Certain types of Parkinson’s disease medications are linked to impulse control disorders, such as pathological gambling, compulsive shopping and binge eating, according to a study of more than 3,000 Parkinson’s disease patients by researchers at the Perelman School of Medicine.
“Dopamine agonist treatment in Parkinson’s disease is associated with a 2- to 3.5-fold increased odds of having an impulse control disorder,” said lead author Daniel Weintraub, MD, associate professor of Psychiatry at the University of Pennsylvania School of Medicine and the Philadelphia Veterans Affairs Medical Center. Impulse control disorders were more common in individuals taking dopamine agonists compared with patients not taking dopamine agonists (17.1 percent vs. 6.9 percent).
Researchers noted that dopamine agonists are increasingly used to treat other conditions, and initial case reports suggest that impulse control disorders may occur with dopamine agonist treatment in patients with restless leg syndrome and fibromyalgia. Further studies in these patient populations are needed to assess the link between dopamine agonist treatment and compulsive behaviors.
The study appears in the May issue of Archives of Neurology, one of the JAMA/Archives journals. Please visit the JAMA/Archives press release for more information.
Penn Medicine is one of the world's leading academic medical centers, dedicated to the related missions of medical education, biomedical research, and excellence in patient care. Penn Medicine consists of the Raymond and Ruth Perelman School of Medicine at the University of Pennsylvania (founded in 1765 as the nation's first medical school) and the University of Pennsylvania Health System, which together form a $4.3 billion enterprise.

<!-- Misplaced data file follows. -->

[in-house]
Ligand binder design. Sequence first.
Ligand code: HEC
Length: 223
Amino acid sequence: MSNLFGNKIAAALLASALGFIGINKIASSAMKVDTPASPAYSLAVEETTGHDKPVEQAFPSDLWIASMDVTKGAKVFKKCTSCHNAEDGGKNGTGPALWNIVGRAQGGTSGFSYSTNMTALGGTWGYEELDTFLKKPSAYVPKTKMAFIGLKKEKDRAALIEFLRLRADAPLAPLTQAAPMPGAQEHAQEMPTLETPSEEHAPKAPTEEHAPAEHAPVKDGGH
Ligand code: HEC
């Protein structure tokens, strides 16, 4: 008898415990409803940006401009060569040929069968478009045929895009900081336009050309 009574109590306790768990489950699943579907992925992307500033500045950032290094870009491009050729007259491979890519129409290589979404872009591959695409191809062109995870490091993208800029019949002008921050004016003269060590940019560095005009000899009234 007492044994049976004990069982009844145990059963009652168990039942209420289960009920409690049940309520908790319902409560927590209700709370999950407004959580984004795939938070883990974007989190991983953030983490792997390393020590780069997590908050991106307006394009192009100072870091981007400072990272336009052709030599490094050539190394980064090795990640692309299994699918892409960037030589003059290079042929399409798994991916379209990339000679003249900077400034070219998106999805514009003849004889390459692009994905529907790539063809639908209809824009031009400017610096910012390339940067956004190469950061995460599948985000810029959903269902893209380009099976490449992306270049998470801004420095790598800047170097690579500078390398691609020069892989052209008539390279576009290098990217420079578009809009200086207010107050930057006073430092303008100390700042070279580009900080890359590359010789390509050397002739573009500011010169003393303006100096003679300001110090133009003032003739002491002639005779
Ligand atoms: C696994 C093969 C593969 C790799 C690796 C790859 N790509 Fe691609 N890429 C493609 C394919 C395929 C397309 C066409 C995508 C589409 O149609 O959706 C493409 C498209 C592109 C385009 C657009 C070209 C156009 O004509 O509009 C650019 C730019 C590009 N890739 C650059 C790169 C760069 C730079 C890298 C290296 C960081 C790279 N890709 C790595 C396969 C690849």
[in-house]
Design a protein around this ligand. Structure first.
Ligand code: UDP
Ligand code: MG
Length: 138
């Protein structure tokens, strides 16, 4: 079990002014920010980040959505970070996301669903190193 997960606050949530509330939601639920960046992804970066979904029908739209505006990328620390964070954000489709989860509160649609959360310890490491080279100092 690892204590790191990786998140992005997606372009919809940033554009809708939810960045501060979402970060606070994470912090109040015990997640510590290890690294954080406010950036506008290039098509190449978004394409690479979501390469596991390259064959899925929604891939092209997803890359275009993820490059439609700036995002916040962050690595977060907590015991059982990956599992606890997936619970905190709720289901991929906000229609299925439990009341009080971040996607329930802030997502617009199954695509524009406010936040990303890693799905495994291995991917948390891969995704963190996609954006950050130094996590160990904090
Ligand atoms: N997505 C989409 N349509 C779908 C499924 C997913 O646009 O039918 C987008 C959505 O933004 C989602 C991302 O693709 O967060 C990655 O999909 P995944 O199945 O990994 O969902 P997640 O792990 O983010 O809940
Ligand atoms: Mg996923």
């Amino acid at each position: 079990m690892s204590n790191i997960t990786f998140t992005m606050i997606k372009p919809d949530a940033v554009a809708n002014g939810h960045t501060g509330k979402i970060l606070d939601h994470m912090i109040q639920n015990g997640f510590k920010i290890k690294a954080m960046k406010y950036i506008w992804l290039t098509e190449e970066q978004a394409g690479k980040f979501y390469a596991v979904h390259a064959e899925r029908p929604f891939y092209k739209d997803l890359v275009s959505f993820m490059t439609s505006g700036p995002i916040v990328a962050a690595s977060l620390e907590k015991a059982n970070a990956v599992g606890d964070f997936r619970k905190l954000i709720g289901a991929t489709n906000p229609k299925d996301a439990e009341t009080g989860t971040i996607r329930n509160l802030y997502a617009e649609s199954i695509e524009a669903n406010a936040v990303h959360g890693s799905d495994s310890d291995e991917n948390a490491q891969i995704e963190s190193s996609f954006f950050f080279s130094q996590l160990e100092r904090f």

The Perelman School of Medicine has been ranked among the top five medical schools in the United States for the past 16 years, according to U.S. News & World Report's survey of research-oriented medical schools. The School is consistently among the nation's top recipients of funding from the National Institutes of Health, with $398 million awarded in the 2012 fiscal year.
The University of Pennsylvania Health System's patient care facilities include: The Hospital of the University of Pennsylvania -- recognized as one of the nation's top "Honor Roll" hospitals by U.S. News & World Report; Penn Presbyterian Medical Center; and Pennsylvania Hospital -- the nation's first hospital, founded in 1751. Penn Medicine also includes additional patient care facilities and services throughout the Philadelphia region.
Penn Medicine is committed to improving lives and health through a variety of community-based programs and activities. In fiscal year 2012, Penn Medicine provided $827 million to benefit our community.